Lithium restores cognitive function in Down syndrome mice

Down syndrome is a neurodevelopmental disorder that is the leading cause of genetically defined intellectual disability. In the brain, Down syndrome results in alterations in the connections between neurons and a reduction in the development of new neurons (neurogenesis) that usually occurs during learning.

In this issue of the , researchers led by Laura Gasparini at the Istituto Italiano di Tecnologia in Genova, Italy report that lithium, a drug commonly used for the treatment of mood disorders in humans, restores neurogenesis in the hippocampus, a part of the brain strongly associated with learning and memory.

Lithium also significantly improved the performance of Down syndrome mice in tasks measuring contextual learning, spatial memory, and object discrimination.

These results suggest that lithium-based therapies may help Down syndrome patients.

More information: Lithium rescues synaptic plasticity and memory in Down syndrome mice, Journal of Clinical Investigation, 2012.

add to favorites email to friend print save as pdf

Related Stories

Nurturing newborn neurons sharpens minds in mice

Apr 03, 2011

Adult mice engineered to have more newborn neurons in their brain memory hub excelled at accurately discriminating between similar experiences – an ability that declines with normal aging and in some ...

To make memories, new neurons must erase older ones

Nov 12, 2009

Short-term memory may depend in a surprising way on the ability of newly formed neurons to erase older connections. That's the conclusion of a report in the November 13th issue of the journal Cell that provid ...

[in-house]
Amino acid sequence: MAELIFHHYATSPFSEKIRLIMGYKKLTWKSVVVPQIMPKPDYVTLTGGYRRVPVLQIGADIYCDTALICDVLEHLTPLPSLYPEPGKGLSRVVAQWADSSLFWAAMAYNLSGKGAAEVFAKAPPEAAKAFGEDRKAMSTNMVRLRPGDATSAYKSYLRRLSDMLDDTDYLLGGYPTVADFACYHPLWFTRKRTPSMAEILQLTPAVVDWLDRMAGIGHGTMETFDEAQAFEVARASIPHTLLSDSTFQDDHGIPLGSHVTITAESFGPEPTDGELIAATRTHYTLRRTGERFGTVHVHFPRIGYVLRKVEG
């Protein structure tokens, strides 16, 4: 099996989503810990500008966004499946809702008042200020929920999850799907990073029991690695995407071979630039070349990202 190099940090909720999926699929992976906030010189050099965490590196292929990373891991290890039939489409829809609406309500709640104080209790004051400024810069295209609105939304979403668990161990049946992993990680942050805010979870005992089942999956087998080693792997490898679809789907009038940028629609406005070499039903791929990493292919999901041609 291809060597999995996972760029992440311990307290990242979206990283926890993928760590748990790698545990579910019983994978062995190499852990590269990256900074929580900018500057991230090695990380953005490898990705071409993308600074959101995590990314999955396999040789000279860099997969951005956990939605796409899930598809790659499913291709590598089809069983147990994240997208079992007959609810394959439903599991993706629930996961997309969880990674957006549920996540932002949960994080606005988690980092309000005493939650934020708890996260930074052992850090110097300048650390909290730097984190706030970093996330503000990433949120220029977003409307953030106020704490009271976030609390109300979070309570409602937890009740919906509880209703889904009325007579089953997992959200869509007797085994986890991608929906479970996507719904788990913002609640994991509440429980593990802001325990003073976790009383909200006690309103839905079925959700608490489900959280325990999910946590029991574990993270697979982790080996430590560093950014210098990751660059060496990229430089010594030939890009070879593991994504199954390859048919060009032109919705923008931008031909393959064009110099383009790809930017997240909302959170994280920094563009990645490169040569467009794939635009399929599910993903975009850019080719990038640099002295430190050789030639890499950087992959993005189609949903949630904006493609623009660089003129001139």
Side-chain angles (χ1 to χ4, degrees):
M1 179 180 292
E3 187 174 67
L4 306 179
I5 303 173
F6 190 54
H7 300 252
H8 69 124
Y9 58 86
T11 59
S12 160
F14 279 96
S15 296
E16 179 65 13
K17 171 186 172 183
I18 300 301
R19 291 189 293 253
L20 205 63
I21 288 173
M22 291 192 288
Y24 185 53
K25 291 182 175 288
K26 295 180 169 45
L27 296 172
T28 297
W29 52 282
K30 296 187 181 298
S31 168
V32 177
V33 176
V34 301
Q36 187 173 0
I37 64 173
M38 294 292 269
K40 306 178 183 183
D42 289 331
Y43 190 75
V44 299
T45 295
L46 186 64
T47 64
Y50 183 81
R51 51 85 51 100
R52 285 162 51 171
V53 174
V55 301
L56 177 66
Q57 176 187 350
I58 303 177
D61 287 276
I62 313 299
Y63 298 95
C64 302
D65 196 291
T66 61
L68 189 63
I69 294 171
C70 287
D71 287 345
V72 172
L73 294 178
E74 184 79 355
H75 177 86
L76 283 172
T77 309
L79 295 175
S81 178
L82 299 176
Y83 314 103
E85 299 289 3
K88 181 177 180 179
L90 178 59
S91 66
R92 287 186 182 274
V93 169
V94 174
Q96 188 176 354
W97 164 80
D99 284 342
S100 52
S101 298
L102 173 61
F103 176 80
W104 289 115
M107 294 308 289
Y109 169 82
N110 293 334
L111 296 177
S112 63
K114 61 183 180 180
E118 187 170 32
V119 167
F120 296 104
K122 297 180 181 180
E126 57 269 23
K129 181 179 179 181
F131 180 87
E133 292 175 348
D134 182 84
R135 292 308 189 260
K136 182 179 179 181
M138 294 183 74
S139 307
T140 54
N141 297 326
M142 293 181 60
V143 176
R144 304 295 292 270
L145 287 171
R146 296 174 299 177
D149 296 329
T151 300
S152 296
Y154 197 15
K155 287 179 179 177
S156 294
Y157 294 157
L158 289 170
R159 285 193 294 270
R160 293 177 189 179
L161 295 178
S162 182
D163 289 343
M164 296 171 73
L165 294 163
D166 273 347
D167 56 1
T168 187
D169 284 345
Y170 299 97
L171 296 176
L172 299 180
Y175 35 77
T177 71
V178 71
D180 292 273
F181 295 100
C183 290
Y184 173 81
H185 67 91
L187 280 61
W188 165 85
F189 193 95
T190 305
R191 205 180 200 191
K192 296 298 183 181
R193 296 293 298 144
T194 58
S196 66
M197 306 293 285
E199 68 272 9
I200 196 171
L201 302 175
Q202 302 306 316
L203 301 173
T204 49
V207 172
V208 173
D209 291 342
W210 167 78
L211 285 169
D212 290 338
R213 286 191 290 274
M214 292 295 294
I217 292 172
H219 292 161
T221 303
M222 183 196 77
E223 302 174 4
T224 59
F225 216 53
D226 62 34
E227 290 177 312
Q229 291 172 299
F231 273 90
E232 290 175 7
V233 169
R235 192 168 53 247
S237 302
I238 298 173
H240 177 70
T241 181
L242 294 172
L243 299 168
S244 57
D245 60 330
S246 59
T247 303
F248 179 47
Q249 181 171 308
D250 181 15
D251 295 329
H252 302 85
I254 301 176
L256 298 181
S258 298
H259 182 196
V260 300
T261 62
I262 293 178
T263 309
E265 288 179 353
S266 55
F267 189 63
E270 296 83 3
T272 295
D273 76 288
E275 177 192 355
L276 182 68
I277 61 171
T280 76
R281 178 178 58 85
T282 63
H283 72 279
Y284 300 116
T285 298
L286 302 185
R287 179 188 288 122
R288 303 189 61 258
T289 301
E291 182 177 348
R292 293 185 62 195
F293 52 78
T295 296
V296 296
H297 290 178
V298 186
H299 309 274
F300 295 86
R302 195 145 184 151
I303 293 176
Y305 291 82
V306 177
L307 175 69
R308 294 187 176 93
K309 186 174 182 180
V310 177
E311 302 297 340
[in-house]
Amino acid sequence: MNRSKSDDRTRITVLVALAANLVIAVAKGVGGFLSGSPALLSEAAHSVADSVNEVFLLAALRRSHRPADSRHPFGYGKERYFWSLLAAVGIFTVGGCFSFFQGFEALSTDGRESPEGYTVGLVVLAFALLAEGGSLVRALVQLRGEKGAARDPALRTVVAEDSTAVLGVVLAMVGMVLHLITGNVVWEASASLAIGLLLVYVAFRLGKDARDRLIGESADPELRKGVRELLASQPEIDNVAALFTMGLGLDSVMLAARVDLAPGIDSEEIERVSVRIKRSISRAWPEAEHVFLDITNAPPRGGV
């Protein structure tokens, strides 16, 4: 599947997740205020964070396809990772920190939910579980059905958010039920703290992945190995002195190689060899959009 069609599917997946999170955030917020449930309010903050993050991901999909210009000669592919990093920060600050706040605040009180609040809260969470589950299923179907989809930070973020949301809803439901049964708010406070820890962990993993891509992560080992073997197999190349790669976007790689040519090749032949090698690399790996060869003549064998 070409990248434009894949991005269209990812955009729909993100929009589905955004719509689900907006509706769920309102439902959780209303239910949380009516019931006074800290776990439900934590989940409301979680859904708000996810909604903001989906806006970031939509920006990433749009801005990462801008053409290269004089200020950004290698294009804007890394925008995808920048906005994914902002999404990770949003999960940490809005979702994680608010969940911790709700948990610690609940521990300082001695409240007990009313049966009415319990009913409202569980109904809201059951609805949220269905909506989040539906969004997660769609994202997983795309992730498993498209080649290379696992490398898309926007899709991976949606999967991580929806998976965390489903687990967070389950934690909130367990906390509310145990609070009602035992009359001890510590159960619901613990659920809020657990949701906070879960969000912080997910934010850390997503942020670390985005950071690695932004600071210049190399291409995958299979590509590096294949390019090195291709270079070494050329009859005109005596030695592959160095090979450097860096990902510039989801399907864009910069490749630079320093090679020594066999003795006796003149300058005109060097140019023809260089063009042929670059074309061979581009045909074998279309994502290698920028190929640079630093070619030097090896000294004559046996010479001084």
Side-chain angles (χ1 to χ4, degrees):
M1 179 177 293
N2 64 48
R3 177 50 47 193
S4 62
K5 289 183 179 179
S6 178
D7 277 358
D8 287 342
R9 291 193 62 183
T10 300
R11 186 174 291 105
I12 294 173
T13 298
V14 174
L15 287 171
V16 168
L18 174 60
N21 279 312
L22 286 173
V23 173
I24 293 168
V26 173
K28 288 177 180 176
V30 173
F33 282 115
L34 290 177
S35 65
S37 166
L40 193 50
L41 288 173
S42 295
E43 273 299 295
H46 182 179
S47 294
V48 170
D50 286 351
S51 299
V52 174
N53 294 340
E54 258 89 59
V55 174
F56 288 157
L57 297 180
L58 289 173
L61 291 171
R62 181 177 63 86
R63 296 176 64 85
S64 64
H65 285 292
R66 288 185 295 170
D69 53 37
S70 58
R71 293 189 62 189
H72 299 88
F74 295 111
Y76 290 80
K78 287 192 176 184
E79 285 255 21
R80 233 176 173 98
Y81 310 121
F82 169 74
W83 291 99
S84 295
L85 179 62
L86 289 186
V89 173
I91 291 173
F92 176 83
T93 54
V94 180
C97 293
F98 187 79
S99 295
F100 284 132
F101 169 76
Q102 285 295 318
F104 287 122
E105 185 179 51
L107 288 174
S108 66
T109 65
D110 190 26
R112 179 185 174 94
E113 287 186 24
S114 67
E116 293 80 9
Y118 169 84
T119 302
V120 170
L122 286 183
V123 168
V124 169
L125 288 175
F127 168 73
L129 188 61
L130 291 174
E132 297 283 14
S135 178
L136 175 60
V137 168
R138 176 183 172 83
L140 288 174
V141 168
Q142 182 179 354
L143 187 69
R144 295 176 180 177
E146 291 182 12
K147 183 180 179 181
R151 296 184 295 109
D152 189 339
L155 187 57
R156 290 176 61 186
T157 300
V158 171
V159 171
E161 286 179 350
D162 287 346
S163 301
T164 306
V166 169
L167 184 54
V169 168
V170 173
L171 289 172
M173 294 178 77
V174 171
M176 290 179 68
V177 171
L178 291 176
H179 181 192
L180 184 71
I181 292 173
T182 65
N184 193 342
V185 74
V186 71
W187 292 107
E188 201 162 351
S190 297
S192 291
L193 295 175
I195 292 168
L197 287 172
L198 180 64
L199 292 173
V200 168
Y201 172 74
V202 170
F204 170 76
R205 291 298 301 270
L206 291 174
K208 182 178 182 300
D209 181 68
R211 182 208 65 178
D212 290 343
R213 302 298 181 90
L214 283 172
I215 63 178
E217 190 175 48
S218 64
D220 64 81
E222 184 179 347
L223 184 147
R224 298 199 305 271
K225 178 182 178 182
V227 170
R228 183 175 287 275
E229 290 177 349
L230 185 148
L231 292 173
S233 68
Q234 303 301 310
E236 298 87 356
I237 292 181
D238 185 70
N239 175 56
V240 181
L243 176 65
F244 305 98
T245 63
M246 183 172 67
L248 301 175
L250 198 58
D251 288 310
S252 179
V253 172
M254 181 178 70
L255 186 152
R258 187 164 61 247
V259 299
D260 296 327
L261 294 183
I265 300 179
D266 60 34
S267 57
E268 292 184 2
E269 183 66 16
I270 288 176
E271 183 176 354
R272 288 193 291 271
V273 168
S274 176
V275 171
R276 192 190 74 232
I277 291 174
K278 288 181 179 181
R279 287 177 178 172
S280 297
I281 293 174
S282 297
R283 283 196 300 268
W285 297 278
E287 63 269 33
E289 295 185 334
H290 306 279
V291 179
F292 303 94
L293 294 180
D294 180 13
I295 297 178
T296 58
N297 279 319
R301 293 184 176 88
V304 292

Recommended for you

Myelin vital for learning new practical skills

Oct 16, 2014

New evidence of myelin's essential role in learning and retaining new practical skills, such as playing a musical instrument, has been uncovered by UCL research. Myelin is a fatty substance that insulates ...

Reminiscing can help, not hinder, some mind-bending tasks

Oct 16, 2014

To solve a mental puzzle, the brain's executive control network for externally focused, goal-oriented thinking must activate, while the network for internally directed thinking like daydreaming must be turned down to avoid ...

Bio-X scientists develop decoy drug to aid ailing brain

Oct 16, 2014

A team of Stanford Bio-X scientists has restored the ability of adult mice to form new connections in the brain. If the finding works in people, it has the potential to help adults recover from stroke and ...

User comments

Adjust slider to filter visible comments by rank

Display comments: newest first

Supermanread
5 / 5 (1) Dec 03, 2012


This is exciting and I can't wait to hear more details!